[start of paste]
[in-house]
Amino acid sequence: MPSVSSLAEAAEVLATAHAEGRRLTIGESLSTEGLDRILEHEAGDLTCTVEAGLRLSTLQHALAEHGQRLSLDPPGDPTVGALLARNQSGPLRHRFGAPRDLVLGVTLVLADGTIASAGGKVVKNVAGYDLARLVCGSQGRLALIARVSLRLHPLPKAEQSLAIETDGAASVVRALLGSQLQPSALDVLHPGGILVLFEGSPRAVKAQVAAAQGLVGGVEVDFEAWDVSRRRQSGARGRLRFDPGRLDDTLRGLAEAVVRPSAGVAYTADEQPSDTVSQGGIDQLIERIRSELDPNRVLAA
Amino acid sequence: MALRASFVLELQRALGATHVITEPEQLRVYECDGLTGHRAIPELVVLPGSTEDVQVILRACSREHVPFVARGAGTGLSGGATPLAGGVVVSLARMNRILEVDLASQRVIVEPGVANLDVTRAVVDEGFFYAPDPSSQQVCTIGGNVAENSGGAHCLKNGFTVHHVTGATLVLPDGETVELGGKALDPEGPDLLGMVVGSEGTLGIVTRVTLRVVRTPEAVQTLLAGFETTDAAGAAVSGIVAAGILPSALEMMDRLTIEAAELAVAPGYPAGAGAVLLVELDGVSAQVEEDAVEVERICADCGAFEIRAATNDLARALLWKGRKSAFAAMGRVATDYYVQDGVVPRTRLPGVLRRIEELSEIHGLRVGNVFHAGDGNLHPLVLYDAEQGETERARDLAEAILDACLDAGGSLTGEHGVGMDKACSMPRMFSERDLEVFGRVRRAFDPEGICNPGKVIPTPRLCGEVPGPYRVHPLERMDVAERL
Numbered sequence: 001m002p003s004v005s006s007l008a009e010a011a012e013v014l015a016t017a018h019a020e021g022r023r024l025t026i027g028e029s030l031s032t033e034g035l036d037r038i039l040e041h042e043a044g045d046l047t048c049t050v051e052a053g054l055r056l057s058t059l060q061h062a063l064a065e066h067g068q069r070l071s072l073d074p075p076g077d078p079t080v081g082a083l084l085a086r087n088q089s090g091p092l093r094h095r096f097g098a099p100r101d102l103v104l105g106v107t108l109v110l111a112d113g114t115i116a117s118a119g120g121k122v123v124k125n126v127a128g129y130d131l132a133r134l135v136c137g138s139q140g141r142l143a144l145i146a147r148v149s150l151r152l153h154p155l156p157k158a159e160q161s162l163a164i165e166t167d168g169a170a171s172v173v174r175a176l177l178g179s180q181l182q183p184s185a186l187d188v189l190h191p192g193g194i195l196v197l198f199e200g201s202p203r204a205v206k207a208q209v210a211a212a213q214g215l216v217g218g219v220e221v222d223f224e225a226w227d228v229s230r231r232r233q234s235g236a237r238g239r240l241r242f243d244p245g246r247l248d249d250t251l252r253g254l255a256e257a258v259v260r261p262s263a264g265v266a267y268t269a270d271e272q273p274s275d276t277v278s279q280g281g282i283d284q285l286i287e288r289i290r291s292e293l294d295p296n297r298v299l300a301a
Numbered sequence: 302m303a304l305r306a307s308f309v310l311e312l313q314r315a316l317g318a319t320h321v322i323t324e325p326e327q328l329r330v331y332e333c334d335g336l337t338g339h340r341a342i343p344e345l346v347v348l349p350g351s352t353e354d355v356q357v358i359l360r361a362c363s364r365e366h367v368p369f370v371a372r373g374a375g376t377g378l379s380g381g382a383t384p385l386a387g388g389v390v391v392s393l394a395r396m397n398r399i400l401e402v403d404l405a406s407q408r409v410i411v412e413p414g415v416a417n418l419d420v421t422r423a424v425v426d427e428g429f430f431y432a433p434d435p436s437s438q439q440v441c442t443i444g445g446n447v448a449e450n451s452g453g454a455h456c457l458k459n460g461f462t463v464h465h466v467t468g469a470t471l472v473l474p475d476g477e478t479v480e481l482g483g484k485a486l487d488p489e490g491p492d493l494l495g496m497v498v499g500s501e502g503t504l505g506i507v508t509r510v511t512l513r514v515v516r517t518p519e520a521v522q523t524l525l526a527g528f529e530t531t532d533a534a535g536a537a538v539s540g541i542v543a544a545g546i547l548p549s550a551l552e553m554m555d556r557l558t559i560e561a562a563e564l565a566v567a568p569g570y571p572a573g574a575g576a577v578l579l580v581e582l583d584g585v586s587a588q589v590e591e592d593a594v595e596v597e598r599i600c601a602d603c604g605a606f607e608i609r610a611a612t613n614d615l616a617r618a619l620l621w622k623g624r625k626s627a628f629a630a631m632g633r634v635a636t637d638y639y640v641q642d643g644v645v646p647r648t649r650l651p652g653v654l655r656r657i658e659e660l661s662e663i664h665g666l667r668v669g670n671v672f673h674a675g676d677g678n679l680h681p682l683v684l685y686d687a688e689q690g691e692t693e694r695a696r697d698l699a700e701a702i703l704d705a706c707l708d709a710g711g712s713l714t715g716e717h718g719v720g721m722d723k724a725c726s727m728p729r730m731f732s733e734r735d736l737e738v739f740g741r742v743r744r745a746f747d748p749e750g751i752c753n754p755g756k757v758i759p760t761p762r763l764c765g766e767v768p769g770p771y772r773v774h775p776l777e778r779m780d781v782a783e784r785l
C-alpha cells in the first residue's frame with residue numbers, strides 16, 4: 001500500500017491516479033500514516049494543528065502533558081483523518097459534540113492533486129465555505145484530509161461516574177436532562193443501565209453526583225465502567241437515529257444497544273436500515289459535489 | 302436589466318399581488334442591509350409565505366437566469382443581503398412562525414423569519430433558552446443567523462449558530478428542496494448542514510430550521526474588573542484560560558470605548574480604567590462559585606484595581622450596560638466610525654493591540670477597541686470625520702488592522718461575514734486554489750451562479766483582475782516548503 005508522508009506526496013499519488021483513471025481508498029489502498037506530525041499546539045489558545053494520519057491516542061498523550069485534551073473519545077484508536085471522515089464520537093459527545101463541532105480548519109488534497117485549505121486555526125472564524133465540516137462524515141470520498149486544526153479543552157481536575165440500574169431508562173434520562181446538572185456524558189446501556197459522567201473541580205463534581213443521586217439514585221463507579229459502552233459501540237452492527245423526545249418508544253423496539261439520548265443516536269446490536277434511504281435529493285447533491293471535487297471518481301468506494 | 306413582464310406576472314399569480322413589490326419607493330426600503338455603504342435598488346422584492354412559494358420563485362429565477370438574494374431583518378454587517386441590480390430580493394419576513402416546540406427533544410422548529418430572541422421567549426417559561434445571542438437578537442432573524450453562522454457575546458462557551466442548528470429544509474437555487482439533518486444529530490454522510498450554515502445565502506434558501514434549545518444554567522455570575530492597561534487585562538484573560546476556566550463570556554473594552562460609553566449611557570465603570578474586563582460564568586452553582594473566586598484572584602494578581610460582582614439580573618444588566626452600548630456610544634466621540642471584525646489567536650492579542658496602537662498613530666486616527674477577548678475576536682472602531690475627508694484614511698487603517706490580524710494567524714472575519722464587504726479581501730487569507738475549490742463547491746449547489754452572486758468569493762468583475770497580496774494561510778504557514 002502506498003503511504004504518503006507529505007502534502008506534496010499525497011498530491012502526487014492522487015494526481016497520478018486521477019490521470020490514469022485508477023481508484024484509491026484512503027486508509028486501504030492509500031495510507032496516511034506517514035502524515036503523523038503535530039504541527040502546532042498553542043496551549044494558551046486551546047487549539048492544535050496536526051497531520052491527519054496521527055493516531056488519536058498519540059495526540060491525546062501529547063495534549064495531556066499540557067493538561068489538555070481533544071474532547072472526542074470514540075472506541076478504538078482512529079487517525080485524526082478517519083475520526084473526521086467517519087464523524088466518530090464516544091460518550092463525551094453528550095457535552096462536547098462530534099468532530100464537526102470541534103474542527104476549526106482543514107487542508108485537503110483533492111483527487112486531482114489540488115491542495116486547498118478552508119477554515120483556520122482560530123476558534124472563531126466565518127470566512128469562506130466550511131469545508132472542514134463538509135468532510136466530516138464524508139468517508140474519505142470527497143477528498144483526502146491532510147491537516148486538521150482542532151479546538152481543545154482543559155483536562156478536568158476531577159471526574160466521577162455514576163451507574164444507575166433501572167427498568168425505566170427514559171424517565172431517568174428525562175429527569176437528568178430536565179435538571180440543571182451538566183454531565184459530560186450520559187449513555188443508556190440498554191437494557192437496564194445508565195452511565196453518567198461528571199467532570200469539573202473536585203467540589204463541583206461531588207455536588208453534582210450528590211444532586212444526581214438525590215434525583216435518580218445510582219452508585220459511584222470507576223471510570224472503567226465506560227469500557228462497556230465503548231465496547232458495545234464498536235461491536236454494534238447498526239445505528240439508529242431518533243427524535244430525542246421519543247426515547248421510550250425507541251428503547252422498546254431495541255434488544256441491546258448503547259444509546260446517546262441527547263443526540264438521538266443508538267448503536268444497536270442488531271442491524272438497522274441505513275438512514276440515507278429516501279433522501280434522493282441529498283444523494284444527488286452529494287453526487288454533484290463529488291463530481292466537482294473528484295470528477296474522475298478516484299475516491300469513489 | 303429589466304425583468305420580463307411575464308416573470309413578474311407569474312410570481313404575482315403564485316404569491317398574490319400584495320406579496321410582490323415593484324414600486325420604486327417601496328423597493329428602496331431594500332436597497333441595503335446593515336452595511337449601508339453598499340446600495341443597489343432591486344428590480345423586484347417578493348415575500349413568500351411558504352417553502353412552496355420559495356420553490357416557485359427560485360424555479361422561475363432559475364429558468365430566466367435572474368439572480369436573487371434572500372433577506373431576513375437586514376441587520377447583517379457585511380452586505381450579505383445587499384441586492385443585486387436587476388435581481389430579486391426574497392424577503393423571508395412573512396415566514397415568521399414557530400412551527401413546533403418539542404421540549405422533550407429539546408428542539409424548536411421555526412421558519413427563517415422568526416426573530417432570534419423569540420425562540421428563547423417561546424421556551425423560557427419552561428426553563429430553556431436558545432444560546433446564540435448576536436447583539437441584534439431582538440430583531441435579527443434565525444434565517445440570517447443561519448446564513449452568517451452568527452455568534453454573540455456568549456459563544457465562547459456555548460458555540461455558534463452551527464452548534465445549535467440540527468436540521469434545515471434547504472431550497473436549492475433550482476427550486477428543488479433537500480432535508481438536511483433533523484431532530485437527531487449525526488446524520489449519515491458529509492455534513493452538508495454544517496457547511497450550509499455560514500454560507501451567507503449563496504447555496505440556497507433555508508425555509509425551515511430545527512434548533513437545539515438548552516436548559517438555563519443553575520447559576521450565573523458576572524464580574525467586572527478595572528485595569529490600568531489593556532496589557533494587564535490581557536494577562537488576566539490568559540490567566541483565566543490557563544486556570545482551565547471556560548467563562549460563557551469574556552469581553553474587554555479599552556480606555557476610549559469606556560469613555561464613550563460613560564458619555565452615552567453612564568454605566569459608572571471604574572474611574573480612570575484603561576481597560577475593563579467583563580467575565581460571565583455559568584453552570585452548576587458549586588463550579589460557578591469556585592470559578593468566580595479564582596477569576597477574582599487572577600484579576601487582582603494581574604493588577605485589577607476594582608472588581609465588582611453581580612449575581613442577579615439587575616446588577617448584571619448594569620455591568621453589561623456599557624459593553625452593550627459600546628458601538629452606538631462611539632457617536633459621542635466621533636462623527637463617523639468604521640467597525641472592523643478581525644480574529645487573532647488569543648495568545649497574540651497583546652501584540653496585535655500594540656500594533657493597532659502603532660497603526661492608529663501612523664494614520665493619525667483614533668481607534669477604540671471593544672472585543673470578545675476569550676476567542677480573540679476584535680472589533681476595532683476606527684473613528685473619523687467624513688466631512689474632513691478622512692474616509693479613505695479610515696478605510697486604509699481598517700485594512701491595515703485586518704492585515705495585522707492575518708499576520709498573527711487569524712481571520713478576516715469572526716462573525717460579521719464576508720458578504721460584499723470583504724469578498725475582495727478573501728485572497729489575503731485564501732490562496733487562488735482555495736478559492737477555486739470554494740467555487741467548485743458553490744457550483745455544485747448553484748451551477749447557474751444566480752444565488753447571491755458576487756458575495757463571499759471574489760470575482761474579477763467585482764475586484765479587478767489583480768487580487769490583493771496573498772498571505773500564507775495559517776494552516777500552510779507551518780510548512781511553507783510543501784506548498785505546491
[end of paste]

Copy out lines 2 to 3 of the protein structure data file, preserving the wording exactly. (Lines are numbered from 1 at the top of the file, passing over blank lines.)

Amino acid sequence: MPSVSSLAEAAEVLATAHAEGRRLTIGESLSTEGLDRILEHEAGDLTCTVEAGLRLSTLQHALAEHGQRLSLDPPGDPTVGALLARNQSGPLRHRFGAPRDLVLGVTLVLADGTIASAGGKVVKNVAGYDLARLVCGSQGRLALIARVSLRLHPLPKAEQSLAIETDGAASVVRALLGSQLQPSALDVLHPGGILVLFEGSPRAVKAQVAAAQGLVGGVEVDFEAWDVSRRRQSGARGRLRFDPGRLDDTLRGLAEAVVRPSAGVAYTADEQPSDTVSQGGIDQLIERIRSELDPNRVLAA
Amino acid sequence: MALRASFVLELQRALGATHVITEPEQLRVYECDGLTGHRAIPELVVLPGSTEDVQVILRACSREHVPFVARGAGTGLSGGATPLAGGVVVSLARMNRILEVDLASQRVIVEPGVANLDVTRAVVDEGFFYAPDPSSQQVCTIGGNVAENSGGAHCLKNGFTVHHVTGATLVLPDGETVELGGKALDPEGPDLLGMVVGSEGTLGIVTRVTLRVVRTPEAVQTLLAGFETTDAAGAAVSGIVAAGILPSALEMMDRLTIEAAELAVAPGYPAGAGAVLLVELDGVSAQVEEDAVEVERICADCGAFEIRAATNDLARALLWKGRKSAFAAMGRVATDYYVQDGVVPRTRLPGVLRRIEELSEIHGLRVGNVFHAGDGNLHPLVLYDAEQGETERARDLAEAILDACLDAGGSLTGEHGVGMDKACSMPRMFSERDLEVFGRVRRAFDPEGICNPGKVIPTPRLCGEVPGPYRVHPLERMDVAERL